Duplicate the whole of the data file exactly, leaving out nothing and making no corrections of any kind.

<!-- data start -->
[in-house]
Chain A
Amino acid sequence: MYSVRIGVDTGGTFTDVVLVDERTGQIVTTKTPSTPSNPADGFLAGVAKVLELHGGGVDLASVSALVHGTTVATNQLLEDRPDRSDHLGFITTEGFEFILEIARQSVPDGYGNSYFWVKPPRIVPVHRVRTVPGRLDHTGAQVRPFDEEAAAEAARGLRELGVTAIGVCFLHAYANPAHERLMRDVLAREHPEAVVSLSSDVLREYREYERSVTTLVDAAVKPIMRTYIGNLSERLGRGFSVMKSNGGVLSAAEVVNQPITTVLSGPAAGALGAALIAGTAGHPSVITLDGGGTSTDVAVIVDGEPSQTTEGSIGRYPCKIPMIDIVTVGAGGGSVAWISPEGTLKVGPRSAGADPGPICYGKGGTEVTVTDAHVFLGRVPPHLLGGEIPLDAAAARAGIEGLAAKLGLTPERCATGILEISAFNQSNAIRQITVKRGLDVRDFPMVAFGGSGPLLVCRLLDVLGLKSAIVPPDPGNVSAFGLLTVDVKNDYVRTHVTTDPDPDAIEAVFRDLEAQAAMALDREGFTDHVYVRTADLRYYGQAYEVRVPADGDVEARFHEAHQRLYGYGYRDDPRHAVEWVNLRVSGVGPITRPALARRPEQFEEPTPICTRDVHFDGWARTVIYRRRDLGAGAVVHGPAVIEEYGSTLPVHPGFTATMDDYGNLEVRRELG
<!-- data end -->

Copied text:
[in-house]
Chain A
Amino acid sequence: MYSVRIGVDTGGTFTDVVLVDERTGQIVTTKTPSTPSNPADGFLAGVAKVLELHGGGVDLASVSALVHGTTVATNQLLEDRPDRSDHLGFITTEGFEFILEIARQSVPDGYGNSYFWVKPPRIVPVHRVRTVPGRLDHTGAQVRPFDEEAAAEAARGLRELGVTAIGVCFLHAYANPAHERLMRDVLAREHPEAVVSLSSDVLREYREYERSVTTLVDAAVKPIMRTYIGNLSERLGRGFSVMKSNGGVLSAAEVVNQPITTVLSGPAAGALGAALIAGTAGHPSVITLDGGGTSTDVAVIVDGEPSQTTEGSIGRYPCKIPMIDIVTVGAGGGSVAWISPEGTLKVGPRSAGADPGPICYGKGGTEVTVTDAHVFLGRVPPHLLGGEIPLDAAAARAGIEGLAAKLGLTPERCATGILEISAFNQSNAIRQITVKRGLDVRDFPMVAFGGSGPLLVCRLLDVLGLKSAIVPPDPGNVSAFGLLTVDVKNDYVRTHVTTDPDPDAIEAVFRDLEAQAAMALDREGFTDHVYVRTADLRYYGQAYEVRVPADGDVEARFHEAHQRLYGYGYRDDPRHAVEWVNLRVSGVGPITRPALARRPEQFEEPTPICTRDVHFDGWARTVIYRRRDLGAGAVVHGPAVIEEYGSTLPVHPGFTATMDDYGNLEVRRELG